My favourite hole on the front nine is the ninth - at only 303 yards it isn't the longest but it helps to have played here before when teeing off as a blind dip before the green runs towards the dreaded burn. The green falls away on the right hand side and anything through the back leaves a tough up and down so an accurate flick with a short iron is needed here. The back nine starts with a 172 yard par three from an elevated tee and the green is protected by six deep bunkers so it's best to be either just short or straight through the back of the green here to avoid the trouble. The next three holes are Duddington's version of Amen Corner and are, in my opinion, by far the toughest holes on the course. The 11th, stroke index one, is listed as being 421 yards but plays a lot longer when out on the course. The tee shot must be long and straight over the burn to have any chance of hitting the green in regulation. Even with a good drive the elevation change from fairway to green makes the approach shot very tough. Next up is a near 500 yard par four which is all uphill from the middle of the fairway and again the drive must be launched straight to have a chance of posting a good score here due to the cluster of bunkers on the left and trees on the right. All in all, a very imposing hole offering scenic views of the famous Arthur's Seat in the backdrop - terrific hole. Thirteen is another monster of a hole, shaping left to right it is vitally important to keep to the left to avoid being blocked out by the trees. The slope to the left of the green falls steeply so any approach should be aimed towards the Temple which sits to the right of the green. Anyone scoring even a couple over par on these holes can count themselves a pretty capable player in my book.
If holes 11 to 13 are tough, then 14 and 15 give the golfer a chance to claw back a couple of shots and are enjoyable holes. Another elevated tee awaits at the 140 yard 14th but any tee shot must cut through the wind, if there is any, and safely float over the burn and onto the putting surface. The wind is definitely a factor here and I've seen myself hit anything between a 6 iron and a wedge on this hole. The 15th is a short par four and takes a 45 degree turn to the right from the middle of the fairway to the green and is a good birdie chance as long as the approach doesn't fly through the green, which again slopes down and away from the pin. The 16th is another difficult hole; straight for the most part, the fairway drops down to a slight valley meaning that the green cannot be seen when threading the approach between two large trees that frame the green. Another hole that plays longer than it looks. As the golfer heads for home the sub 500 yard par five 17th swings to the left and a couple of solid strikes should put the golfer in a decent position to make par at least as other than the three greenside bunkers there isn't too much danger on this hole.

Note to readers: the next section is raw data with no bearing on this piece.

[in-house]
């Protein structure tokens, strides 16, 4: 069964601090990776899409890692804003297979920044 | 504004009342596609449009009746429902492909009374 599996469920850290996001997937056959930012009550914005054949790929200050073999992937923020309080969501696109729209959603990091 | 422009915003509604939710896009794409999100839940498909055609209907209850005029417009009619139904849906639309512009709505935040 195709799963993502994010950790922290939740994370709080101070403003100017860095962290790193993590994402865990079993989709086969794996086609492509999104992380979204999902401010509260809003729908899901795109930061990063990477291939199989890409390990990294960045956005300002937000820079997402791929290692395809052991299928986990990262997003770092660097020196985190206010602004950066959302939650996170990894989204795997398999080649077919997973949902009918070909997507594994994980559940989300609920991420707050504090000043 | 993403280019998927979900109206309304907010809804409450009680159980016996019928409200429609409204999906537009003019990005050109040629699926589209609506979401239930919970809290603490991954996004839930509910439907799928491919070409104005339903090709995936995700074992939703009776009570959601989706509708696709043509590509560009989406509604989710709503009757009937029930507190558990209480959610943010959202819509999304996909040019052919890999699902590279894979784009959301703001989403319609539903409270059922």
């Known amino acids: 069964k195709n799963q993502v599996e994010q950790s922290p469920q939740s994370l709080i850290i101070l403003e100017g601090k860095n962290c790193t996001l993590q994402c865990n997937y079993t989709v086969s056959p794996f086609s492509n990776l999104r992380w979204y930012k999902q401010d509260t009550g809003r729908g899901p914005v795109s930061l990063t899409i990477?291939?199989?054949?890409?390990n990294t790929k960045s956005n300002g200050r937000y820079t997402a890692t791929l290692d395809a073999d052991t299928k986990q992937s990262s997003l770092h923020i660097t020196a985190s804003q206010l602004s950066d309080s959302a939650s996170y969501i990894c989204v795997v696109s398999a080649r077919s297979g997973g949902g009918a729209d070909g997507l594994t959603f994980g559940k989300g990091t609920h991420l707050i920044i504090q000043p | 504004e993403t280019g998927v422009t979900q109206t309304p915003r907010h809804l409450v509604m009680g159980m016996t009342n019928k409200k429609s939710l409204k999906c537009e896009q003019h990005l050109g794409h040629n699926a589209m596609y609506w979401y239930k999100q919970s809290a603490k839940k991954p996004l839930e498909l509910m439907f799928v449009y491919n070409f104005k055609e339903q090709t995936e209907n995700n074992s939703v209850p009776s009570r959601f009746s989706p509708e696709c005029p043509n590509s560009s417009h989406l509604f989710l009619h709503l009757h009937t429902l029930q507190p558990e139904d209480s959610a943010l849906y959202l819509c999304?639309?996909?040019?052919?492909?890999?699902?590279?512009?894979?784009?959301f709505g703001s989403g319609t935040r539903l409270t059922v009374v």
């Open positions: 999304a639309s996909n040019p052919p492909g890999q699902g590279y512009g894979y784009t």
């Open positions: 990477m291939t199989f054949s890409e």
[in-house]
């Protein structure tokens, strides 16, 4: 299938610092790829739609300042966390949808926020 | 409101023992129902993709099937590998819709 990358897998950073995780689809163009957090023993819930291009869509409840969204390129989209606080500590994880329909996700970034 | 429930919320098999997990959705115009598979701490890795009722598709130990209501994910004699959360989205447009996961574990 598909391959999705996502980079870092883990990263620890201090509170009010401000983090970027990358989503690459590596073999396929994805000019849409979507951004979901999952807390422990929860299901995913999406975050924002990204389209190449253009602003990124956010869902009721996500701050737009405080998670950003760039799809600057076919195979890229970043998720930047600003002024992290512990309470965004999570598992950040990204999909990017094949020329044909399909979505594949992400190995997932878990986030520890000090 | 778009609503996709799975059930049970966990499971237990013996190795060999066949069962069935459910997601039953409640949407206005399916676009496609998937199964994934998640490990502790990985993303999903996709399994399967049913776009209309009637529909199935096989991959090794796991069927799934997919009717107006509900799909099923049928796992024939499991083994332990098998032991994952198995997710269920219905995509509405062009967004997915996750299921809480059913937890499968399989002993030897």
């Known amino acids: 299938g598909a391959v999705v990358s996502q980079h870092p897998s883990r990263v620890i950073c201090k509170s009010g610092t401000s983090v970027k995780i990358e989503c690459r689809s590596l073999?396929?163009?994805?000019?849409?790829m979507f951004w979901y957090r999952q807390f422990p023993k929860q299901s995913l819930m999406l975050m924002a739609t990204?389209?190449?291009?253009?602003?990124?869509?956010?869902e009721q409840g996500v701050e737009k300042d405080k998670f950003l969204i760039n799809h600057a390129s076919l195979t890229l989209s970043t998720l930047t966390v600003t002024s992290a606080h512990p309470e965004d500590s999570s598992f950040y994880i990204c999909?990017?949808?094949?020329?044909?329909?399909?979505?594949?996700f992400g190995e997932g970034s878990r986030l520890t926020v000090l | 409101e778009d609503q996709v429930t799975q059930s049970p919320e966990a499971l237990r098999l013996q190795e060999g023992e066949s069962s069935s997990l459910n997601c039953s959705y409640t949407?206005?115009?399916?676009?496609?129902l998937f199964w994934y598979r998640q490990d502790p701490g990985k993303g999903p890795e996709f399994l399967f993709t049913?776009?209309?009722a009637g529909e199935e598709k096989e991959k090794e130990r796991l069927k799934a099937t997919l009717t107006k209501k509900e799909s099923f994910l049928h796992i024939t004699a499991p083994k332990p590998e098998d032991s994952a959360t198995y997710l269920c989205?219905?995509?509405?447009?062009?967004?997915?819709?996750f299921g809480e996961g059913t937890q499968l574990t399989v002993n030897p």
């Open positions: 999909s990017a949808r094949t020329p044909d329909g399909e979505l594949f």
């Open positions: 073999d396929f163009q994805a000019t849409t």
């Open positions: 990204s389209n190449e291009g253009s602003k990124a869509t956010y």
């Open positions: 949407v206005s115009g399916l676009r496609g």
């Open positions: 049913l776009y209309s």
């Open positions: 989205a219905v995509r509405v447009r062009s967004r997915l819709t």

The home hole brings the golfer towards the clubhouse and the further the blind drive is knocked over the brow of the hill the shorter club will be required into the green, only after one last encounter with the burn, of course, which lies across the front of the green. The green is large on the final hole but bunkers surround the putting surface to catch any wayward second shots.
Duddingston is a very good course and the modern clubhouse and practice facilities only add to the experience of the playing at this club. Other than at the back of the ninth tee, the course has a secluded feel to it and you wouldn't think that you were just 5-10 minutes away from the centre of Edinburgh when playing here. Duddingston lays claim to being the finest parkland course in the Lothians and I have to say that it certainly is the best that I have played in the region. I think the course is well balanced although the front nine is defintely the place to make a score due to the difficulty of the back side. Overall, a fine parkland course and, despite being a member, the fact that I never tire of playing here is a true testament to the quality of the track at Duddingston. DM